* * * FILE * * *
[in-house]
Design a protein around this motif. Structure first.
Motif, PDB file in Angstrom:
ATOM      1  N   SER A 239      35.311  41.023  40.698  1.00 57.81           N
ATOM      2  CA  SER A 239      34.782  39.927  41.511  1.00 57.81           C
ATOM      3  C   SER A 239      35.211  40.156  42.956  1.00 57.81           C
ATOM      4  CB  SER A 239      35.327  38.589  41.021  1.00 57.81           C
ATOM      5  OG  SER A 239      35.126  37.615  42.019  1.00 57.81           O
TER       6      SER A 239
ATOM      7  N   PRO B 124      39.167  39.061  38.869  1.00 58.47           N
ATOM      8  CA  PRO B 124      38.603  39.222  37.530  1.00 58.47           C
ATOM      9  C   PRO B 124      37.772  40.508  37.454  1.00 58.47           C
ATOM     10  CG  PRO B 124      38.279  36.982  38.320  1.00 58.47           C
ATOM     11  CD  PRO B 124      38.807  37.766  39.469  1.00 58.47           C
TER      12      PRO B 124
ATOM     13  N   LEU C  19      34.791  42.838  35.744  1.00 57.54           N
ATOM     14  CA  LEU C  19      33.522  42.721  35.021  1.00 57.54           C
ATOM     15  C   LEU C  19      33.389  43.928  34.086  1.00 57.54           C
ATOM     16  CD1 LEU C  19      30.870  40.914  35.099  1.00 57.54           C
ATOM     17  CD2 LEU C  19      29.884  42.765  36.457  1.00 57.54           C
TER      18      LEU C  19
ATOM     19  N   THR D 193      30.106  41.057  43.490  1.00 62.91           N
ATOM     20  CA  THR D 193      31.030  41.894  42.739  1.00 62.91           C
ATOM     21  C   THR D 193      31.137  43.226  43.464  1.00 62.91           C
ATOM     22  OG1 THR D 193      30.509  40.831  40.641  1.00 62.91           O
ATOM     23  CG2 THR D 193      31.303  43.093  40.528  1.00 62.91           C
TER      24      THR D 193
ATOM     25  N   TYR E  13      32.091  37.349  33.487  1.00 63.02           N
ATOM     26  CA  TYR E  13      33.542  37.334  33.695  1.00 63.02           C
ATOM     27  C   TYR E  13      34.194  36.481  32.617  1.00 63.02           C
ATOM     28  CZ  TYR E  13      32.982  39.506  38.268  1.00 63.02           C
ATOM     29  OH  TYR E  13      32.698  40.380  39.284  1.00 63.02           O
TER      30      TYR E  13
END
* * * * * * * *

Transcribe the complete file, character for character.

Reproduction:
[in-house]
Design a protein around this motif. Structure first.
Motif, PDB file in Angstrom:
ATOM      1  N   SER A 239      35.311  41.023  40.698  1.00 57.81           N
ATOM      2  CA  SER A 239      34.782  39.927  41.511  1.00 57.81           C
ATOM      3  C   SER A 239      35.211  40.156  42.956  1.00 57.81           C
ATOM      4  CB  SER A 239      35.327  38.589  41.021  1.00 57.81           C
ATOM      5  OG  SER A 239      35.126  37.615  42.019  1.00 57.81           O
TER       6      SER A 239
ATOM      7  N   PRO B 124      39.167  39.061  38.869  1.00 58.47           N
ATOM      8  CA  PRO B 124      38.603  39.222  37.530  1.00 58.47           C
ATOM      9  C   PRO B 124      37.772  40.508  37.454  1.00 58.47           C
ATOM     10  CG  PRO B 124      38.279  36.982  38.320  1.00 58.47           C
ATOM     11  CD  PRO B 124      38.807  37.766  39.469  1.00 58.47           C
TER      12      PRO B 124
ATOM     13  N   LEU C  19      34.791  42.838  35.744  1.00 57.54           N
ATOM     14  CA  LEU C  19      33.522  42.721  35.021  1.00 57.54           C
ATOM     15  C   LEU C  19      33.389  43.928  34.086  1.00 57.54           C
ATOM     16  CD1 LEU C  19      30.870  40.914  35.099  1.00 57.54           C
ATOM     17  CD2 LEU C  19      29.884  42.765  36.457  1.00 57.54           C
TER      18      LEU C  19
ATOM     19  N   THR D 193      30.106  41.057  43.490  1.00 62.91           N
ATOM     20  CA  THR D 193      31.030  41.894  42.739  1.00 62.91           C
ATOM     21  C   THR D 193      31.137  43.226  43.464  1.00 62.91           C
ATOM     22  OG1 THR D 193      30.509  40.831  40.641  1.00 62.91           O
ATOM     23  CG2 THR D 193      31.303  43.093  40.528  1.00 62.91           C
TER      24      THR D 193
ATOM     25  N   TYR E  13      32.091  37.349  33.487  1.00 63.02           N
ATOM     26  CA  TYR E  13      33.542  37.334  33.695  1.00 63.02           C
ATOM     27  C   TYR E  13      34.194  36.481  32.617  1.00 63.02           C
ATOM     28  CZ  TYR E  13      32.982  39.506  38.268  1.00 63.02           C
ATOM     29  OH  TYR E  13      32.698  40.380  39.284  1.00 63.02           O
TER      30      TYR E  13
END